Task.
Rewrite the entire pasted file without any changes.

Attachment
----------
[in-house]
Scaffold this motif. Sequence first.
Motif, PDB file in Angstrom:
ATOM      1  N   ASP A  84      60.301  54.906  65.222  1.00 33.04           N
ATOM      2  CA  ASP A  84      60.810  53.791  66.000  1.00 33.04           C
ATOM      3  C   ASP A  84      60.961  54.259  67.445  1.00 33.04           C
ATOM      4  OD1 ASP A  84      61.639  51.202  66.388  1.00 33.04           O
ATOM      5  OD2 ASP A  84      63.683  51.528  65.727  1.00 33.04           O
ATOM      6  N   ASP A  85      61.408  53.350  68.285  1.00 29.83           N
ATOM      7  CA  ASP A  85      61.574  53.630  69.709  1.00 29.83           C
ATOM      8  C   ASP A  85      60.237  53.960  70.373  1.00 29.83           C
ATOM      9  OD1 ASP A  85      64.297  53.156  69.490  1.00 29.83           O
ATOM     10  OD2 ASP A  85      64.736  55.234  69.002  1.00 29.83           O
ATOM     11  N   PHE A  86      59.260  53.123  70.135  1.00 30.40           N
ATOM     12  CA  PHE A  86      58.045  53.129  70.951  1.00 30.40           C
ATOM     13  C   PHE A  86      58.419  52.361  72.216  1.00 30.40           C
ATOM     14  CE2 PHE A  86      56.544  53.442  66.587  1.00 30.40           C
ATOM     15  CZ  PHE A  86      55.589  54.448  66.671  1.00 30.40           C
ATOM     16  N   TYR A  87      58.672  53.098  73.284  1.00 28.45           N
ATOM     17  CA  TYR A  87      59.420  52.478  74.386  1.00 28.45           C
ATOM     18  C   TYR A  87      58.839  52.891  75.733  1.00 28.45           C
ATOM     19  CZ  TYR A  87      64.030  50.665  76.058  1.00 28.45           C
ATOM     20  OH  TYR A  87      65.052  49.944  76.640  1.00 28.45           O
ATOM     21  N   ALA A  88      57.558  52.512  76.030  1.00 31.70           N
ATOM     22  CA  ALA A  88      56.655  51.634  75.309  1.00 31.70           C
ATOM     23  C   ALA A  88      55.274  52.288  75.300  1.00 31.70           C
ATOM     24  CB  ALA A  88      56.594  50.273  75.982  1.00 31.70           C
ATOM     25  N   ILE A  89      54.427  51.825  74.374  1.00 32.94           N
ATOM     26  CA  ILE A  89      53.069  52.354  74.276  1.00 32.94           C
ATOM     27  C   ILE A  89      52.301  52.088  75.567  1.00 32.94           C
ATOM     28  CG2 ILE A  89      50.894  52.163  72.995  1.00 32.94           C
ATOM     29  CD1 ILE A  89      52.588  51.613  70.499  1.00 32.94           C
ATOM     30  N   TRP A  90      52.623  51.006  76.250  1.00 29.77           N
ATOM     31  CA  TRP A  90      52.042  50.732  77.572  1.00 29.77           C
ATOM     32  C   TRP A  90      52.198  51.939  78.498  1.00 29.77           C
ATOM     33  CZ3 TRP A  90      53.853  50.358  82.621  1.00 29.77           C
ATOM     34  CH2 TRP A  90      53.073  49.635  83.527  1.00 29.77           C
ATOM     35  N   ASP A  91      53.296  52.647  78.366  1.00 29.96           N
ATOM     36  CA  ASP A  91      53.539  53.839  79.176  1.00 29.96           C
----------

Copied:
[in-house]
Scaffold this motif. Sequence first.
Motif, PDB file in Angstrom:
ATOM      1  N   ASP A  84      60.301  54.906  65.222  1.00 33.04           N
ATOM      2  CA  ASP A  84      60.810  53.791  66.000  1.00 33.04           C
ATOM      3  C   ASP A  84      60.961  54.259  67.445  1.00 33.04           C
ATOM      4  OD1 ASP A  84      61.639  51.202  66.388  1.00 33.04           O
ATOM      5  OD2 ASP A  84      63.683  51.528  65.727  1.00 33.04           O
ATOM      6  N   ASP A  85      61.408  53.350  68.285  1.00 29.83           N
ATOM      7  CA  ASP A  85      61.574  53.630  69.709  1.00 29.83           C
ATOM      8  C   ASP A  85      60.237  53.960  70.373  1.00 29.83           C
ATOM      9  OD1 ASP A  85      64.297  53.156  69.490  1.00 29.83           O
ATOM     10  OD2 ASP A  85      64.736  55.234  69.002  1.00 29.83           O
ATOM     11  N   PHE A  86      59.260  53.123  70.135  1.00 30.40           N
ATOM     12  CA  PHE A  86      58.045  53.129  70.951  1.00 30.40           C
ATOM     13  C   PHE A  86      58.419  52.361  72.216  1.00 30.40           C
ATOM     14  CE2 PHE A  86      56.544  53.442  66.587  1.00 30.40           C
ATOM     15  CZ  PHE A  86      55.589  54.448  66.671  1.00 30.40           C
ATOM     16  N   TYR A  87      58.672  53.098  73.284  1.00 28.45           N
ATOM     17  CA  TYR A  87      59.420  52.478  74.386  1.00 28.45           C
ATOM     18  C   TYR A  87      58.839  52.891  75.733  1.00 28.45           C
ATOM     19  CZ  TYR A  87      64.030  50.665  76.058  1.00 28.45           C
ATOM     20  OH  TYR A  87      65.052  49.944  76.640  1.00 28.45           O
ATOM     21  N   ALA A  88      57.558  52.512  76.030  1.00 31.70           N
ATOM     22  CA  ALA A  88      56.655  51.634  75.309  1.00 31.70           C
ATOM     23  C   ALA A  88      55.274  52.288  75.300  1.00 31.70           C
ATOM     24  CB  ALA A  88      56.594  50.273  75.982  1.00 31.70           C
ATOM     25  N   ILE A  89      54.427  51.825  74.374  1.00 32.94           N
ATOM     26  CA  ILE A  89      53.069  52.354  74.276  1.00 32.94           C
ATOM     27  C   ILE A  89      52.301  52.088  75.567  1.00 32.94           C
ATOM     28  CG2 ILE A  89      50.894  52.163  72.995  1.00 32.94           C
ATOM     29  CD1 ILE A  89      52.588  51.613  70.499  1.00 32.94           C
ATOM     30  N   TRP A  90      52.623  51.006  76.250  1.00 29.77           N
ATOM     31  CA  TRP A  90      52.042  50.732  77.572  1.00 29.77           C
ATOM     32  C   TRP A  90      52.198  51.939  78.498  1.00 29.77           C
ATOM     33  CZ3 TRP A  90      53.853  50.358  82.621  1.00 29.77           C
ATOM     34  CH2 TRP A  90      53.073  49.635  83.527  1.00 29.77           C
ATOM     35  N   ASP A  91      53.296  52.647  78.366  1.00 29.96           N
ATOM     36  CA  ASP A  91      53.539  53.839  79.176  1.00 29.96           C